For months, Americans have been waiting to hear how the FBI and local authorities plan to protect the nation from another attack like the one we saw in Las Vegas in October.
The perfectly sound reason for this fear is simple: We have no idea what shooter Stephen Paddock’s motives were, and not knowing what sparked the deadliest mass shooting in American history does not bode well for preventing another similar attack.
Americans from all corners of the nation have been clamoring for answers in the shooting, which saw 58 dead and more than 500 others injured when Paddock opened fire from the 32nd floor of the Mandalay Bay Casino, taking aim at a crowd of conservative country music fans below. In his room was an astonishing arsenal of weapons as well, with no video ever released of Paddock or the hotel bellhops moving the hundreds and hundred of pounds of ammunition to the room.
This has led to a number of conspiracy theories blossoming on the internet and, with no real answers being provided, it has been easy for our intrepid armchair sleuths to hook new “truthers” every day.
Now, as we approach the 4 month anniversary of the tragedy, the FBI has finally been forced to release a cache of information regarding their investigation.
“A federal judge in Nevada unsealed hundreds of pages of FBI documents about the Las Vegas massacre Friday, giving new insight into the gunman and the months leading up to the deadly mass shooting.
“The documents, which were released in response to several media lawsuits, include more than a dozen search warrant affidavits.
“They reveal that gunman Stephen Paddock exchanged emails about buying rifles and bump stocks months before he killed 58 people and wounded more than 500 others when he opened fire on a crowd from a hotel room in October.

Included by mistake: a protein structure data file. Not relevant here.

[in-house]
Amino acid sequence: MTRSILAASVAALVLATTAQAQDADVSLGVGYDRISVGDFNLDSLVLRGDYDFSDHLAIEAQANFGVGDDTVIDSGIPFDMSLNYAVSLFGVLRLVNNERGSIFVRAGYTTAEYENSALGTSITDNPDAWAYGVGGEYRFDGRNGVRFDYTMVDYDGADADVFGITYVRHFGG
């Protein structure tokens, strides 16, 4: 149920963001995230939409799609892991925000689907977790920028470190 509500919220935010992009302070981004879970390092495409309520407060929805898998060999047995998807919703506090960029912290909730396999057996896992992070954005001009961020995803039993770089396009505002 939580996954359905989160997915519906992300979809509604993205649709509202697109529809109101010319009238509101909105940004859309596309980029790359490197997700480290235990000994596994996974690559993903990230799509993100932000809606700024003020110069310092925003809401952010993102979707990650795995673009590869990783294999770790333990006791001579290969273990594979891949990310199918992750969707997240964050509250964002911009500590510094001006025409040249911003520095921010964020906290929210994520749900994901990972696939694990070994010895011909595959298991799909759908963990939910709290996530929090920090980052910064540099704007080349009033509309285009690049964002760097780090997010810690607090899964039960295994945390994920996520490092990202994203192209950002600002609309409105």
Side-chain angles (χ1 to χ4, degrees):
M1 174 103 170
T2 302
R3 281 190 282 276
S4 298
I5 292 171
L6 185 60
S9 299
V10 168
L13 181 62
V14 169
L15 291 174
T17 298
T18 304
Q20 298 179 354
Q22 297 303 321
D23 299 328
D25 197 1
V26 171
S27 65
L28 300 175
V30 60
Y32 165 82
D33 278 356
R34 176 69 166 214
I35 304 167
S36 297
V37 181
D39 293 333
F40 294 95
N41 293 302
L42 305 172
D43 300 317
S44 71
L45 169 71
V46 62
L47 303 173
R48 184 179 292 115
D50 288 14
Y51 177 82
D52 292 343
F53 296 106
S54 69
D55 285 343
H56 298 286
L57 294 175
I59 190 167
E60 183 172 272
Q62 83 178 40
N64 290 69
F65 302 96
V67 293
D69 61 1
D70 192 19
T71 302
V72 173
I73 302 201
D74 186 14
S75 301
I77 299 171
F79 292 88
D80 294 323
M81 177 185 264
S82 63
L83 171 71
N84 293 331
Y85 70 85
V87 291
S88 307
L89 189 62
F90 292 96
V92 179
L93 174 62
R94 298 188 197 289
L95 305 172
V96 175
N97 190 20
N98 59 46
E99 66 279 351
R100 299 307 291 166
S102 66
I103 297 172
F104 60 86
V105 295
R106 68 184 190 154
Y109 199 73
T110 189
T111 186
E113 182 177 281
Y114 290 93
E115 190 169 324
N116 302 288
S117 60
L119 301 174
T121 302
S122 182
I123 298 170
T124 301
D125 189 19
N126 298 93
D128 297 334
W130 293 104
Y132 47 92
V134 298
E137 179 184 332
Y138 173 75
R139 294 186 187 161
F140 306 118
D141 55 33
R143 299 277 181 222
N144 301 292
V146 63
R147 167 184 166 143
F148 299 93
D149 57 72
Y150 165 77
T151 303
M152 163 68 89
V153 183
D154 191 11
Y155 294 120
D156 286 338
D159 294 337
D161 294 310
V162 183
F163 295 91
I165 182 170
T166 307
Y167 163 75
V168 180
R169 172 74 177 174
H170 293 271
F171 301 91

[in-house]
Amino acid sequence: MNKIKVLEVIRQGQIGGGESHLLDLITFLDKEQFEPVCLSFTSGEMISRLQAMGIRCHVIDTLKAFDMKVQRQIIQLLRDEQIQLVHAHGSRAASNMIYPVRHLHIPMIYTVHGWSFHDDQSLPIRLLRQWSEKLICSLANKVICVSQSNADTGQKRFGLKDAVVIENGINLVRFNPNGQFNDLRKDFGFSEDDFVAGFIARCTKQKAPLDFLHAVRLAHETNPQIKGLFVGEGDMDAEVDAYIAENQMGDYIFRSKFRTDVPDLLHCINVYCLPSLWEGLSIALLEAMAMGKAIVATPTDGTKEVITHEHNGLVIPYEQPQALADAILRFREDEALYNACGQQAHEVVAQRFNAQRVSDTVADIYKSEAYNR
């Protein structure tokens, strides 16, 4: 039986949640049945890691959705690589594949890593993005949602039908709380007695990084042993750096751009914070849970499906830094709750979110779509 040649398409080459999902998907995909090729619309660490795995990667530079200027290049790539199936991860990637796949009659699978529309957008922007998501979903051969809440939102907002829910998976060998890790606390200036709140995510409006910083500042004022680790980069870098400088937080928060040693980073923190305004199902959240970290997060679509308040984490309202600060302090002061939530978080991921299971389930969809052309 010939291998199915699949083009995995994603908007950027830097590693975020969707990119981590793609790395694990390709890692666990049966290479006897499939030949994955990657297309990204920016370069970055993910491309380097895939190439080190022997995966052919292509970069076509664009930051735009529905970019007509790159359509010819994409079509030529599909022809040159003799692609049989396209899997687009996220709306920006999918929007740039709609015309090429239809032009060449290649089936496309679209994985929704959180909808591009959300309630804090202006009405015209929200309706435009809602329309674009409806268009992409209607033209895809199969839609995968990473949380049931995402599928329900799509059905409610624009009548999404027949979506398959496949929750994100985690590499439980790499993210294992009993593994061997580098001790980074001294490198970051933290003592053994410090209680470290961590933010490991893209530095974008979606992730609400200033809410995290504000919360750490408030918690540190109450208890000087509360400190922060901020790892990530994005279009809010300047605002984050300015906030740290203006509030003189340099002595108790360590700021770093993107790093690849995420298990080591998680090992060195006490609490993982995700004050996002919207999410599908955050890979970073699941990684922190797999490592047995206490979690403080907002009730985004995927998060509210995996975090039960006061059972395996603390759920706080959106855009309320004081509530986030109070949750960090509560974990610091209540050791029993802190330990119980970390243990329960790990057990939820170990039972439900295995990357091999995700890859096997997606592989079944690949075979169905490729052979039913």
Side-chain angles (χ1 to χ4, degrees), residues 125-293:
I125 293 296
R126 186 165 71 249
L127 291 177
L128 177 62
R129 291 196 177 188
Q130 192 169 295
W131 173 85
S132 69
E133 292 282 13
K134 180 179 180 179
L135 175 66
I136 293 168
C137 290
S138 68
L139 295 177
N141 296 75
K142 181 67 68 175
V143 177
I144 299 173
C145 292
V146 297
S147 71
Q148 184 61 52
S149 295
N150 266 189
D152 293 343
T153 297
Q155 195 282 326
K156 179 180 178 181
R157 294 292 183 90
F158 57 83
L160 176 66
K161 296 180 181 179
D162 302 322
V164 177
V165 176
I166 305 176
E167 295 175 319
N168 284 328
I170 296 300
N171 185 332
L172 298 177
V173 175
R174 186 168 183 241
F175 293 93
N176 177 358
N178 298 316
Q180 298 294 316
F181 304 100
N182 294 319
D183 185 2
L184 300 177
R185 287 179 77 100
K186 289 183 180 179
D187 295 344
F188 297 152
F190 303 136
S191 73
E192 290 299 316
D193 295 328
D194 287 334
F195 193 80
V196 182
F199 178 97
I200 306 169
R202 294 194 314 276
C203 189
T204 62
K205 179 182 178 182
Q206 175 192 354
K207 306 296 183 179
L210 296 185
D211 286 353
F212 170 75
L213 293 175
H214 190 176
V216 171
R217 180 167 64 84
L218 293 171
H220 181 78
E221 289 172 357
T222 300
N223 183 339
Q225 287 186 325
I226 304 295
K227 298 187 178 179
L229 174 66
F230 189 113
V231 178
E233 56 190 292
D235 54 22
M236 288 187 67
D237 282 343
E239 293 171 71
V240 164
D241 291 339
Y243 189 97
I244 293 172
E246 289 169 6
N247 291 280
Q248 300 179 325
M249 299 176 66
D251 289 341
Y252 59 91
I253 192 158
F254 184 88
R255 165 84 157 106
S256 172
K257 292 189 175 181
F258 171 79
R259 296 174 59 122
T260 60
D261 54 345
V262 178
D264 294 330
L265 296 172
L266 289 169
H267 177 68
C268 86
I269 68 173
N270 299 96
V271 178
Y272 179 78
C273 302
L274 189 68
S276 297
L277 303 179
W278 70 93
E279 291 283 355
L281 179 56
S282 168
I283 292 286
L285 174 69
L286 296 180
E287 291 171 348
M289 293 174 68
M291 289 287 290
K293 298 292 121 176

“The documents show Paddock received an email from a Gmail account in July encouraging him to try an AR-style rifle before buying one.
“‘We have a huge selection in the las vegas area,’ the message read.
“Paddock replied saying that he wanted to test several scopes and different types of ammunition.
“An email in response suggested trying a bump stock on a 100-round magazine rifle, saying it would be ‘a thrill.’
“Paddock’s personal email address and the Gmail address had similar names, leading investigators to suspect he may have been emailing himself, but don’t understand why.”
Further into the documents we also find that Paddock’s girlfriend, who was in the Philippines at the time of the shooting, told investigators that they would indeed find her fingerprints on ammunition in the case, due to her helping Paddock load magazines. At this time, the FBI does not consider her a suspect.
We may never know the whole story of Stephen Paddock’s assault on America back on that cool October night, but at least now we are moving in the direction of transparency and disclosure in the case.